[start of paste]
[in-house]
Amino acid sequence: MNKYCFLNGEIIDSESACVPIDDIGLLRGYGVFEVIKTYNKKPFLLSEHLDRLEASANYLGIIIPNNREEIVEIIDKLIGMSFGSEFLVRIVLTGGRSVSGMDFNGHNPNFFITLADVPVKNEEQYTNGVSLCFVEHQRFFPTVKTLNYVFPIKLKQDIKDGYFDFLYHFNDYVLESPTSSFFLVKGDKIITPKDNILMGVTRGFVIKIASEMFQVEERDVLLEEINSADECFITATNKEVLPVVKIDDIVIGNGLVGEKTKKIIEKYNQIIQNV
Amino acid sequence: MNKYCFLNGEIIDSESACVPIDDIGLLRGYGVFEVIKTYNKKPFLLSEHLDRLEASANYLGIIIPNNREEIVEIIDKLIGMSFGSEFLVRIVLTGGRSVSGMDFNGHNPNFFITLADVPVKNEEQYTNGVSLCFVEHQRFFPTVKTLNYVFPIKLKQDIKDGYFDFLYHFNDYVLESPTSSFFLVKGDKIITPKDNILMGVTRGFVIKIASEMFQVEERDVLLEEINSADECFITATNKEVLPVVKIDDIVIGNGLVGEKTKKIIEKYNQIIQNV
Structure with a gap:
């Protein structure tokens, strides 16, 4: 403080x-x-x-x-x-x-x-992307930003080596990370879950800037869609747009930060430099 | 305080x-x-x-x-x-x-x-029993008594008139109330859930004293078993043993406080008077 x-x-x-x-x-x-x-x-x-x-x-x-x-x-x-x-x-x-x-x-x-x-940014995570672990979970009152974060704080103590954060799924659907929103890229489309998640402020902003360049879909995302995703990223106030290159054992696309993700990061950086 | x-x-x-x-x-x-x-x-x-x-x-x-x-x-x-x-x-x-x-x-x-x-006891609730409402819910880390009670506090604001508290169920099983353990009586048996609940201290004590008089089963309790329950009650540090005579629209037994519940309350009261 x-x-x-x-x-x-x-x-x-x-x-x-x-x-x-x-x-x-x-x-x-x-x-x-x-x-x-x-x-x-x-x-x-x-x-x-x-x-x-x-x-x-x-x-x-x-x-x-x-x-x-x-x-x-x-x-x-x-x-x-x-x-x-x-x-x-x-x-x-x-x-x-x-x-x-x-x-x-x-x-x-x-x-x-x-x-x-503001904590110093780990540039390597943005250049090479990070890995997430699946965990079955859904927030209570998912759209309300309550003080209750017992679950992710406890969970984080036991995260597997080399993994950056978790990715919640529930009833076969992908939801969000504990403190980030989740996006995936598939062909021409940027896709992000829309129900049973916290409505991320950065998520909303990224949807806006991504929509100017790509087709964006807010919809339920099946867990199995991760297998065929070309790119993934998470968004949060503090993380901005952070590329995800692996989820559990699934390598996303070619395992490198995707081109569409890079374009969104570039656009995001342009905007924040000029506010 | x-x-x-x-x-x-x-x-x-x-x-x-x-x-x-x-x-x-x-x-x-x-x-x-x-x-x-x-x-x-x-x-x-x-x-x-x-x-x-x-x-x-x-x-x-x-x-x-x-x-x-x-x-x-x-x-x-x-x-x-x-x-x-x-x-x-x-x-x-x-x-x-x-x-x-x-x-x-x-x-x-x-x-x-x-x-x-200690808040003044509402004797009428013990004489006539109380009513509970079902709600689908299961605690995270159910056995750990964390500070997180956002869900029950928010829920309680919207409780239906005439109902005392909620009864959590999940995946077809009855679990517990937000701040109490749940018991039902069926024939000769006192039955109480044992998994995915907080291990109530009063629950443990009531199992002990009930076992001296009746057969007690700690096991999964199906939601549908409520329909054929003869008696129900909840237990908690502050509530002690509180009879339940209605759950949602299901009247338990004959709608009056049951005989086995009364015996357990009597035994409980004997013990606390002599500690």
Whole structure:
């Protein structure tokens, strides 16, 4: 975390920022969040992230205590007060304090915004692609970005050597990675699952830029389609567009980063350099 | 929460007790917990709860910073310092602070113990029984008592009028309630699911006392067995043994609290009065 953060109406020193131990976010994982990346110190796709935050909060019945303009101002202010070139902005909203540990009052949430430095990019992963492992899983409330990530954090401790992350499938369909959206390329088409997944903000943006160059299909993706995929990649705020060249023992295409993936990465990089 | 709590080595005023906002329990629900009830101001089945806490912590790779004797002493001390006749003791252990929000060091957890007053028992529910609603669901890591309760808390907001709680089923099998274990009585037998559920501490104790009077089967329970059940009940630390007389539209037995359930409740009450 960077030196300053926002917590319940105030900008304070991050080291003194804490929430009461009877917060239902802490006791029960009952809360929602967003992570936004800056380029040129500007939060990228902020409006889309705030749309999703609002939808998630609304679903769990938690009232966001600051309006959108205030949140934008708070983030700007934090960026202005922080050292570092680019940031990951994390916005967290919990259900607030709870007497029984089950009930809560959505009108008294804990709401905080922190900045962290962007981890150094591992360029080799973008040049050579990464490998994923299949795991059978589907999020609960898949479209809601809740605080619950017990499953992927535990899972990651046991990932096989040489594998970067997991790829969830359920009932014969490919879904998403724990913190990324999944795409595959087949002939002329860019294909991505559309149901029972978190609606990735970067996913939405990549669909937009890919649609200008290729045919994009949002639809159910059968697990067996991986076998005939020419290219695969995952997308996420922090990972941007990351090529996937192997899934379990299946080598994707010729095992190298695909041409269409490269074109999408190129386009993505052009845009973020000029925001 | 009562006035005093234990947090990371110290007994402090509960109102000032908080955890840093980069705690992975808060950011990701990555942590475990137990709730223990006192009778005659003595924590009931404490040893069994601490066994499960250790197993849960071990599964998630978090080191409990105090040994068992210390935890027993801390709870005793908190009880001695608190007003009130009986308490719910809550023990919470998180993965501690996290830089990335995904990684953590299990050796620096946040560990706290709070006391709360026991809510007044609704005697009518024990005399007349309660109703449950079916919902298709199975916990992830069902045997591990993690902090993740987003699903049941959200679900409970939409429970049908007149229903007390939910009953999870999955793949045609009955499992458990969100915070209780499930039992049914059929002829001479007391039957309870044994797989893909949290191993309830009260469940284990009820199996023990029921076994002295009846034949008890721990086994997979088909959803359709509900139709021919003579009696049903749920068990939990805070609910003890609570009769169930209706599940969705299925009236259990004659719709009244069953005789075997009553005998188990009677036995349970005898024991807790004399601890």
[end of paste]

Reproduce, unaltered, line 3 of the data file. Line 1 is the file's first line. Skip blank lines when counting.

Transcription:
Amino acid sequence: MNKYCFLNGEIIDSESACVPIDDIGLLRGYGVFEVIKTYNKKPFLLSEHLDRLEASANYLGIIIPNNREEIVEIIDKLIGMSFGSEFLVRIVLTGGRSVSGMDFNGHNPNFFITLADVPVKNEEQYTNGVSLCFVEHQRFFPTVKTLNYVFPIKLKQDIKDGYFDFLYHFNDYVLESPTSSFFLVKGDKIITPKDNILMGVTRGFVIKIASEMFQVEERDVLLEEINSADECFITATNKEVLPVVKIDDIVIGNGLVGEKTKKIIEKYNQIIQNV